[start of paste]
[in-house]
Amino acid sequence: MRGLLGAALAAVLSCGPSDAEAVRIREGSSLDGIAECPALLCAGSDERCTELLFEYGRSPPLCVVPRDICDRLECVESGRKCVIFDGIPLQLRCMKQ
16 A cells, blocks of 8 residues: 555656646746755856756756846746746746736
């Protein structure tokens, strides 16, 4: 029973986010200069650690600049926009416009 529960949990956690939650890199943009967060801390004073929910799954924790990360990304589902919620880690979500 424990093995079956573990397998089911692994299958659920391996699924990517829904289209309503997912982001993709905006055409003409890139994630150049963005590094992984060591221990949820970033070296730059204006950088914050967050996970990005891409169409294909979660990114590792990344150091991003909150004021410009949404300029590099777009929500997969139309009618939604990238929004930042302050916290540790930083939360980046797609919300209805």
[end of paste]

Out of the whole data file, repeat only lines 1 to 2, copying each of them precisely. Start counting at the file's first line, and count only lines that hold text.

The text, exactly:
[in-house]
Amino acid sequence: MRGLLGAALAAVLSCGPSDAEAVRIREGSSLDGIAECPALLCAGSDERCTELLFEYGRSPPLCVVPRDICDRLECVESGRKCVIFDGIPLQLRCMKQ